The Maid of the Loch has reopened to visitors following an extensive £1.1m restoration project which included a total overhaul of the original engine room.
Now operating as a static tourist attraction, the charity responsible for its upkeep said seeing the ship’s paddles turning again was a “significant” milestone.
First launched on the loch in March 1953 with a licence to carry 1,000 passengers, the Maid hosted royal guests, celebrities and around 3m day-trippers during her 28 years on the water.
Advertised as having “commodious saloons” and serving “lunches and teas of the highest quality at popular prices” she was the last and largest paddle steamer to sail on Loch Lomond.
But as more Scots turned to foreign travel, passenger numbers waned and revenue dwindled. The ship was decommissioned in 1981 and quickly fell into disrepair after being neglected.
It is now cared for by volunteers who secured a grant of almost £1m from the Scottish Government as they sought to return the vessel to something approaching its former glory.
The project has seen the Maid’s appearance returned to her original 1950s style by renovating the deck bar, which can now host school visits, functions and events.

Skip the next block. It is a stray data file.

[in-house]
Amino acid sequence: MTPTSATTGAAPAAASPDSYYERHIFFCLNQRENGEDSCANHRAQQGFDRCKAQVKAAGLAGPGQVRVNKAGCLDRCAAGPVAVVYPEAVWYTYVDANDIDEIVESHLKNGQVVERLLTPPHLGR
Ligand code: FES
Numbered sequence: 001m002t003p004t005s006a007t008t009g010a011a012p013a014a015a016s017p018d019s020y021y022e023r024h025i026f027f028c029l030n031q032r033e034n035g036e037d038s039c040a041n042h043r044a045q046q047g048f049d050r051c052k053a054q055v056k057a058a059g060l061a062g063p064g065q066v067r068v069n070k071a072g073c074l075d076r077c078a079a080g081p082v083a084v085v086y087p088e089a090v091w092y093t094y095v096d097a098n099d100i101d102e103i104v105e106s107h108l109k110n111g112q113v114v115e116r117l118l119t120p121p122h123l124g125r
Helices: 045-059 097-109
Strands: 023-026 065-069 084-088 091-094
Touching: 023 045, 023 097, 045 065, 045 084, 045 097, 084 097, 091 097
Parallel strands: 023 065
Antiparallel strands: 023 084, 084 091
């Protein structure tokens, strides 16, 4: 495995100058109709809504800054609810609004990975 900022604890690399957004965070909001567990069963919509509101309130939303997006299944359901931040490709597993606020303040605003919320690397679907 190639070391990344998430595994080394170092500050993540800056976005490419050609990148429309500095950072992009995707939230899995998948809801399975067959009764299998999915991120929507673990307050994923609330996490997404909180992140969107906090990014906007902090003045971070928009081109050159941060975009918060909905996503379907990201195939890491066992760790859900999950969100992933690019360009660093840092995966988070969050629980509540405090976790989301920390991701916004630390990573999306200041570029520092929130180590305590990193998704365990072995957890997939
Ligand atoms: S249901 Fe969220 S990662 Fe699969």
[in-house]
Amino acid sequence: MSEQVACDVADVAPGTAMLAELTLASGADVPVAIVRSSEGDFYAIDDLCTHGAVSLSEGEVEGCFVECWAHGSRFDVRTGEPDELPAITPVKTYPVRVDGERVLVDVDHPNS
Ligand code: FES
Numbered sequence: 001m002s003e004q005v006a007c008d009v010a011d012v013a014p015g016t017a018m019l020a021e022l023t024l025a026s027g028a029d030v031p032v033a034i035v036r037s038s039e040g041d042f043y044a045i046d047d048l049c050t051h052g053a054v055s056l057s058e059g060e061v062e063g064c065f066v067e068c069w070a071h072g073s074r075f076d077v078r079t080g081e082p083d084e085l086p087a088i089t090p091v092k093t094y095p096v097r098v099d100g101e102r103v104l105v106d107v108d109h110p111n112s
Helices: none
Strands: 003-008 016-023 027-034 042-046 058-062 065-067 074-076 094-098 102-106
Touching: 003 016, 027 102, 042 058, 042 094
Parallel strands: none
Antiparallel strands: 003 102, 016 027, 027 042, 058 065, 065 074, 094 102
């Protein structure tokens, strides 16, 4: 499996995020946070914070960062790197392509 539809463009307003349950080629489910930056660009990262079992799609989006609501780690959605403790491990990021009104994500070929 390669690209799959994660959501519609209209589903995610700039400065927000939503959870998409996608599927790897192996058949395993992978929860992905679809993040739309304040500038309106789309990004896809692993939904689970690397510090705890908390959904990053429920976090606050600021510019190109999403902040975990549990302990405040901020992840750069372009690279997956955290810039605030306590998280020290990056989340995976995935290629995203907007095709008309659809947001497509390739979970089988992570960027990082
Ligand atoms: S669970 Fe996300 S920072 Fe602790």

As well as bringing the ship up to date with 21st century marine safety standards, the restoration also focused on the engine room, with new pipework and two new pumps being installed.
John Beveridge, chairman of the Loch Lomond Steamship Company, said: “We are thrilled to have our Patron Lord Smith of Kelvin fire up the engines for the first time in nearly four decades and to celebrate the completion of our wonderful £1.1 million refit.
“We are still some way from achieving our aim of her sailing again but are more determined than ever to succeed.
“Our fundraising efforts will continue, and, in the meantime, visitors can come and see the Maid in her former glory and enjoy the spectacle of seeing the ship in steam once again.”
Lord Smith of Kelvin said: “Since 1996 the Loch Lomond Steamship Company has worked tirelessly to save and maintain this beautiful ship, and everyone involved deserves huge congratulations in what they have managed to achieve.
“I know there have been many disappointments along the way, including the rejection of the Heritage Lottery Fund bid a year ago, but now to have a real ‘live’ attraction and newly refurbished rooms is a real achievement.
“Equally important, is the legacy which this ship can offer.
“Keeping traditional skills alive, training and employing future generations, and attracting inward investment to the area.
“Scotland needs icons like the Maid of the Loch, and I share the charity’s hopes that we will eventually see this wonderful ship sailing again.”